Macroeconomic factors — the trade war, slow GDP growth and high valuations — continue to affect the M&A environment across the industrial manufacturing sector. The latest September numbers from the Institute for Supply Management also showcase the struggle the sector is experiencing with the U.S. manufacturing purchasing managers’ index coming in at 47.8%, marking the second consecutive month of contraction and was the lowest reading in more than 10 years.
So far in 2019, M&A activity in the industrial manufacturing industry has been driven by scale transactions, which is primarily focused on product, customer and geographic expansion. We believe this trend will continue into next quarter and 2020. Here’s a breakdown of Q3 2019 M&A analysis of the industrial manufacturing sector:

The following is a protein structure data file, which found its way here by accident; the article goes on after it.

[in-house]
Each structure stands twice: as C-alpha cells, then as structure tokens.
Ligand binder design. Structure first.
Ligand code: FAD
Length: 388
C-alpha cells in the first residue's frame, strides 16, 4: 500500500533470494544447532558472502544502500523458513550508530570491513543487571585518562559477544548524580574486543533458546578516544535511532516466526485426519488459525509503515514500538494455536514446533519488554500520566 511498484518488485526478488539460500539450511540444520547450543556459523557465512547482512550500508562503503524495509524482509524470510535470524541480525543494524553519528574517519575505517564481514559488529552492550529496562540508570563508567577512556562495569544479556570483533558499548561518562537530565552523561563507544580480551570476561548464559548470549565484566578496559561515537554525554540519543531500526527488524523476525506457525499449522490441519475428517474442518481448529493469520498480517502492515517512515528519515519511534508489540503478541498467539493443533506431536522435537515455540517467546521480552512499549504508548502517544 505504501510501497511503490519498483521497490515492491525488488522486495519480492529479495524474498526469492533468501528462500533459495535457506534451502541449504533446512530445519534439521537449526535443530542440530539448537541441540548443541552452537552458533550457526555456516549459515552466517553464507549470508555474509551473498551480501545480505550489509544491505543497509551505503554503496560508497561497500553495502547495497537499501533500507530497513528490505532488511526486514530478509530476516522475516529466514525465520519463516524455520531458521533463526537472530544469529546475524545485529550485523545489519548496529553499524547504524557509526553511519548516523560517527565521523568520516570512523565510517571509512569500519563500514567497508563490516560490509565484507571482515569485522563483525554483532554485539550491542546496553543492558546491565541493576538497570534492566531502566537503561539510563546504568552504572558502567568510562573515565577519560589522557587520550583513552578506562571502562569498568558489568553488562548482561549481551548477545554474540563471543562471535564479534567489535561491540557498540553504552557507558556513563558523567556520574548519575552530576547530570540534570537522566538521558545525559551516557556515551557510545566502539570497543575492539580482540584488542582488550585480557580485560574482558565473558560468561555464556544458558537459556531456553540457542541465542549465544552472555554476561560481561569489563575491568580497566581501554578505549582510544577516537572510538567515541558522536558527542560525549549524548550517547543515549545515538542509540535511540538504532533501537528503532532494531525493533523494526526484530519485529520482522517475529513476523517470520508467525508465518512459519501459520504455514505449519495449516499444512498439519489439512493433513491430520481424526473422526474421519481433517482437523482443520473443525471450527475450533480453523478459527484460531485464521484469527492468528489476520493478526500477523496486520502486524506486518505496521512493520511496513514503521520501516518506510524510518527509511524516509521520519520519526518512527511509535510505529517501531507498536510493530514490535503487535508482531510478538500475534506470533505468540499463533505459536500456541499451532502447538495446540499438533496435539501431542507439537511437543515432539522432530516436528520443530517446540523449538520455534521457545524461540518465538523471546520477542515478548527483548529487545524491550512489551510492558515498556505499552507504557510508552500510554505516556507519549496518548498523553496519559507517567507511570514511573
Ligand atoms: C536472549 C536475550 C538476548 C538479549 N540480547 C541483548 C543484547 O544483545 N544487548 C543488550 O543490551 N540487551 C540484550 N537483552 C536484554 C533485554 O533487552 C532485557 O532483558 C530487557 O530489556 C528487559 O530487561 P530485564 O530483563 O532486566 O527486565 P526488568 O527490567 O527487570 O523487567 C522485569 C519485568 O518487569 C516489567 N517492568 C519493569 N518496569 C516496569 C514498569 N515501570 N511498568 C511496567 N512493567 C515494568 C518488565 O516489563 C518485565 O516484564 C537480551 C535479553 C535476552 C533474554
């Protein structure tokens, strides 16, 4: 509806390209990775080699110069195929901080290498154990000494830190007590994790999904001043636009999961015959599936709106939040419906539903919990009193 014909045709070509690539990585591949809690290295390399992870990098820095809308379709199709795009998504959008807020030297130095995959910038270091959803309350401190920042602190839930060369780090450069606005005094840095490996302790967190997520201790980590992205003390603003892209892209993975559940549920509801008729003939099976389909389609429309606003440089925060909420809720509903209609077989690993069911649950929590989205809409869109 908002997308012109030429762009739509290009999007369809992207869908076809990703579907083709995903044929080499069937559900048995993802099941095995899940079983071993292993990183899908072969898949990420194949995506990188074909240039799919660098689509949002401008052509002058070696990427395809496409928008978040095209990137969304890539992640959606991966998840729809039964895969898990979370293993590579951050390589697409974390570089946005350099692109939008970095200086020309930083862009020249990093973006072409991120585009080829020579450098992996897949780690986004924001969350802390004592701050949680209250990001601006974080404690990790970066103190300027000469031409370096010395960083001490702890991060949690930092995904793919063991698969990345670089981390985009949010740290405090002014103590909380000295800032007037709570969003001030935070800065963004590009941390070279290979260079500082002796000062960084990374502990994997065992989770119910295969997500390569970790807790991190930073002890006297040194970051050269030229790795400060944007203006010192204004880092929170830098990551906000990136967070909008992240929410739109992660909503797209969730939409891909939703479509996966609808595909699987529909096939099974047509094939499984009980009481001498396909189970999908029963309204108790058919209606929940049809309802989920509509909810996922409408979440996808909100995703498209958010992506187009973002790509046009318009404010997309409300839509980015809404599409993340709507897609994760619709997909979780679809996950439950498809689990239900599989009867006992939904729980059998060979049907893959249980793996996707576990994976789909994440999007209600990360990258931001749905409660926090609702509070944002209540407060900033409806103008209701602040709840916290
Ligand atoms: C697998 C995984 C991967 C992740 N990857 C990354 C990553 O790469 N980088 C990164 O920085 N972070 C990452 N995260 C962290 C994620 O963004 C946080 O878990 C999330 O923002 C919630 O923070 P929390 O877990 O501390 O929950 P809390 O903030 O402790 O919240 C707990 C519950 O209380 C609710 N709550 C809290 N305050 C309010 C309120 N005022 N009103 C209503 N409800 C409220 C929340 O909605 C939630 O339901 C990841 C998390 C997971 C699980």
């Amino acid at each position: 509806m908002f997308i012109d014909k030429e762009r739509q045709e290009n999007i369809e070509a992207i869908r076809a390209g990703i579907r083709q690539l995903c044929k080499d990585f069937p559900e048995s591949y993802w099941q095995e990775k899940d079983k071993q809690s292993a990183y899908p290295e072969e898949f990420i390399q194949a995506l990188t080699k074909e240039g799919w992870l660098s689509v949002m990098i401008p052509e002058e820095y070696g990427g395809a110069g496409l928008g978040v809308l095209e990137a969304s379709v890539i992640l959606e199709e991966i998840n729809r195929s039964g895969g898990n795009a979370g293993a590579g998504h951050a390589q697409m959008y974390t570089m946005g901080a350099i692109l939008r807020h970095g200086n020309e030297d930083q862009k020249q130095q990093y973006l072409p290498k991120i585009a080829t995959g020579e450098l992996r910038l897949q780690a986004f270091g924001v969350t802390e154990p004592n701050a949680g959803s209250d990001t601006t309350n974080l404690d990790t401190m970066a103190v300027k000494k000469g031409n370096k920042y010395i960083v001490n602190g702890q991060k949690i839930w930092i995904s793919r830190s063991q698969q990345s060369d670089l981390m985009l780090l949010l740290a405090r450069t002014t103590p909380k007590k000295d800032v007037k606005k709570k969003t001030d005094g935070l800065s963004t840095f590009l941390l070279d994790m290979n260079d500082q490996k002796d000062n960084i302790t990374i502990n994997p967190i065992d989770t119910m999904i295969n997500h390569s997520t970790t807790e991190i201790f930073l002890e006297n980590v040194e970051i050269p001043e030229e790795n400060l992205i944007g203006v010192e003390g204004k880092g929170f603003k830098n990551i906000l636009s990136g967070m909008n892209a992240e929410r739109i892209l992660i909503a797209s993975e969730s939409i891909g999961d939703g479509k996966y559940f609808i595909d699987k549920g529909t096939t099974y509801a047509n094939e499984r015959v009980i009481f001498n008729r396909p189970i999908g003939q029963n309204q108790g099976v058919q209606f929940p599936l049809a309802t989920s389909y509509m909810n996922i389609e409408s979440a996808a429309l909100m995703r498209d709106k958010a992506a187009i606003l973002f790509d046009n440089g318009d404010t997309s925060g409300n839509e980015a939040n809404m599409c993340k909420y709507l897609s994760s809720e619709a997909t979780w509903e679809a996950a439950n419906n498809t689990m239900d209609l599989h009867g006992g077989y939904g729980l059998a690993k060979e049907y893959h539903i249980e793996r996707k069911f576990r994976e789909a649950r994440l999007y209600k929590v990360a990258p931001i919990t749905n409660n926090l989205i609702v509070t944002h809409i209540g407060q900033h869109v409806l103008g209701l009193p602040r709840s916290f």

- Total deal value declined by 32% to $18.1 billion when compared to Q2 2019. For YTD 2019, the deal value also declined by 16% to $64.5 billion vis-à-vis YTD 2018.
- Deal volume in Q3 2019 and YTD 2019 declined by 10% and 11% over Q2 2019 and YTD 2018, respectively.
- There was no megadeal in Q3 2019.
All the categories within the sector saw a decline in deal value during the third quarter except the Electronic and Electrical Equipment and Rubber and Plastic Products. However, the industrial machinery drove M&A activity with 40% and 35% in value and volume respectively.
North America’s deal value significantly declined by 55% in the third quarter compared to the previous quarter, but the region was the most active acquirer with 36% of deal volume, followed by Asia and Oceania.
Although there are factors that point to an economic downturn in the near future, we believe the next recession will be different as it pertains to the M&A environment and could potentially lead buyers to continue to pursue deals.